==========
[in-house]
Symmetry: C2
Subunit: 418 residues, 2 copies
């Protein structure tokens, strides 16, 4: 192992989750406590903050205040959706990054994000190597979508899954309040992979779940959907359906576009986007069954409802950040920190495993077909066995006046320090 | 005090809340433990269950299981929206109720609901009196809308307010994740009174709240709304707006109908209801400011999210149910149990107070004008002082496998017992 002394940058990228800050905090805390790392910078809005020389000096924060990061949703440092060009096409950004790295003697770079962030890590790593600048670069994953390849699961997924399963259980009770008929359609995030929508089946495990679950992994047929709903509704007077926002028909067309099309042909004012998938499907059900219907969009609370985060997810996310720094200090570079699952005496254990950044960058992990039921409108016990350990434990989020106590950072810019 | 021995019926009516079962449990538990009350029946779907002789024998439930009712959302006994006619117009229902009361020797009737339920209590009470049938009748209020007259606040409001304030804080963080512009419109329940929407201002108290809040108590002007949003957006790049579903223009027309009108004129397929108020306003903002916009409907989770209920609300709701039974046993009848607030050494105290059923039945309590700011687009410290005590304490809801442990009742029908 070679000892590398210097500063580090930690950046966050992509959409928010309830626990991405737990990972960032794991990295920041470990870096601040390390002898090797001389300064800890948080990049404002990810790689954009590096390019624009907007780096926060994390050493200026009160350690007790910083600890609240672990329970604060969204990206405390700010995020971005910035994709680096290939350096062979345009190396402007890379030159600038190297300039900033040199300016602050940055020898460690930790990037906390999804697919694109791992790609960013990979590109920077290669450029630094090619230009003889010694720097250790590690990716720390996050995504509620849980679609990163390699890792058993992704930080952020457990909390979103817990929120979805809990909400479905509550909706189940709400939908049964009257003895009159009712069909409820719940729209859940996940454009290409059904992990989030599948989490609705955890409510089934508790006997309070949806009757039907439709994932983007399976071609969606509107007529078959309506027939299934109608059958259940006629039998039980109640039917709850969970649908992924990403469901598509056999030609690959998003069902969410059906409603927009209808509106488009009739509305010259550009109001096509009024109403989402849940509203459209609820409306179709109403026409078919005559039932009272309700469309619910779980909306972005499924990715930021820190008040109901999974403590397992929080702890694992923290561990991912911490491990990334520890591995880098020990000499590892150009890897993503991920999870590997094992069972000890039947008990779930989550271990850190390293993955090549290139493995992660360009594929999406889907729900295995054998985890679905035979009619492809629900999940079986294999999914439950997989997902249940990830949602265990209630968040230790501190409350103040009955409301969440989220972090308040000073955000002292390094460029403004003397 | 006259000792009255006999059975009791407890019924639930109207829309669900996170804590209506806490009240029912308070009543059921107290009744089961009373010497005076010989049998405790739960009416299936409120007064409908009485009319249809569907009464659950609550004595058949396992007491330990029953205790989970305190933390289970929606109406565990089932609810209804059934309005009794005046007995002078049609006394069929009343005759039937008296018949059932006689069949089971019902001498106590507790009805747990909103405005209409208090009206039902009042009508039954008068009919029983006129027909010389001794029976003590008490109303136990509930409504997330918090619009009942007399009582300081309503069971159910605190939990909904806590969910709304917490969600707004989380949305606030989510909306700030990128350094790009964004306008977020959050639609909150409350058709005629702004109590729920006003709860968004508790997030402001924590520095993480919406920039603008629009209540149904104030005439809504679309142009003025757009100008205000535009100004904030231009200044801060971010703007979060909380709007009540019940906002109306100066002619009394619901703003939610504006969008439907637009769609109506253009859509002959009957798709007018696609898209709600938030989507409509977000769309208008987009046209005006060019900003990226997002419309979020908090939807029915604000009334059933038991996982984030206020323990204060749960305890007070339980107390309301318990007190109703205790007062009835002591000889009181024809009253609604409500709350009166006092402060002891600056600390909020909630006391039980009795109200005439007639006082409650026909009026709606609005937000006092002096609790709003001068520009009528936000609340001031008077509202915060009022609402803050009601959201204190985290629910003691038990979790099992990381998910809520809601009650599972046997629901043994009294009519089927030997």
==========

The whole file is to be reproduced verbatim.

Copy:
[in-house]
Symmetry: C2
Subunit: 418 residues, 2 copies
């Protein structure tokens, strides 16, 4: 192992989750406590903050205040959706990054994000190597979508899954309040992979779940959907359906576009986007069954409802950040920190495993077909066995006046320090 | 005090809340433990269950299981929206109720609901009196809308307010994740009174709240709304707006109908209801400011999210149910149990107070004008002082496998017992 002394940058990228800050905090805390790392910078809005020389000096924060990061949703440092060009096409950004790295003697770079962030890590790593600048670069994953390849699961997924399963259980009770008929359609995030929508089946495990679950992994047929709903509704007077926002028909067309099309042909004012998938499907059900219907969009609370985060997810996310720094200090570079699952005496254990950044960058992990039921409108016990350990434990989020106590950072810019 | 021995019926009516079962449990538990009350029946779907002789024998439930009712959302006994006619117009229902009361020797009737339920209590009470049938009748209020007259606040409001304030804080963080512009419109329940929407201002108290809040108590002007949003957006790049579903223009027309009108004129397929108020306003903002916009409907989770209920609300709701039974046993009848607030050494105290059923039945309590700011687009410290005590304490809801442990009742029908 070679000892590398210097500063580090930690950046966050992509959409928010309830626990991405737990990972960032794991990295920041470990870096601040390390002898090797001389300064800890948080990049404002990810790689954009590096390019624009907007780096926060994390050493200026009160350690007790910083600890609240672990329970604060969204990206405390700010995020971005910035994709680096290939350096062979345009190396402007890379030159600038190297300039900033040199300016602050940055020898460690930790990037906390999804697919694109791992790609960013990979590109920077290669450029630094090619230009003889010694720097250790590690990716720390996050995504509620849980679609990163390699890792058993992704930080952020457990909390979103817990929120979805809990909400479905509550909706189940709400939908049964009257003895009159009712069909409820719940729209859940996940454009290409059904992990989030599948989490609705955890409510089934508790006997309070949806009757039907439709994932983007399976071609969606509107007529078959309506027939299934109608059958259940006629039998039980109640039917709850969970649908992924990403469901598509056999030609690959998003069902969410059906409603927009209808509106488009009739509305010259550009109001096509009024109403989402849940509203459209609820409306179709109403026409078919005559039932009272309700469309619910779980909306972005499924990715930021820190008040109901999974403590397992929080702890694992923290561990991912911490491990990334520890591995880098020990000499590892150009890897993503991920999870590997094992069972000890039947008990779930989550271990850190390293993955090549290139493995992660360009594929999406889907729900295995054998985890679905035979009619492809629900999940079986294999999914439950997989997902249940990830949602265990209630968040230790501190409350103040009955409301969440989220972090308040000073955000002292390094460029403004003397 | 006259000792009255006999059975009791407890019924639930109207829309669900996170804590209506806490009240029912308070009543059921107290009744089961009373010497005076010989049998405790739960009416299936409120007064409908009485009319249809569907009464659950609550004595058949396992007491330990029953205790989970305190933390289970929606109406565990089932609810209804059934309005009794005046007995002078049609006394069929009343005759039937008296018949059932006689069949089971019902001498106590507790009805747990909103405005209409208090009206039902009042009508039954008068009919029983006129027909010389001794029976003590008490109303136990509930409504997330918090619009009942007399009582300081309503069971159910605190939990909904806590969910709304917490969600707004989380949305606030989510909306700030990128350094790009964004306008977020959050639609909150409350058709005629702004109590729920006003709860968004508790997030402001924590520095993480919406920039603008629009209540149904104030005439809504679309142009003025757009100008205000535009100004904030231009200044801060971010703007979060909380709007009540019940906002109306100066002619009394619901703003939610504006969008439907637009769609109506253009859509002959009957798709007018696609898209709600938030989507409509977000769309208008987009046209005006060019900003990226997002419309979020908090939807029915604000009334059933038991996982984030206020323990204060749960305890007070339980107390309301318990007190109703205790007062009835002591000889009181024809009253609604409500709350009166006092402060002891600056600390909020909630006391039980009795109200005439007639006082409650026909009026709606609005937000006092002096609790709003001068520009009528936000609340001031008077509202915060009022609402803050009601959201204190985290629910003691038990979790099992990381998910809520809601009650599972046997629901043994009294009519089927030997």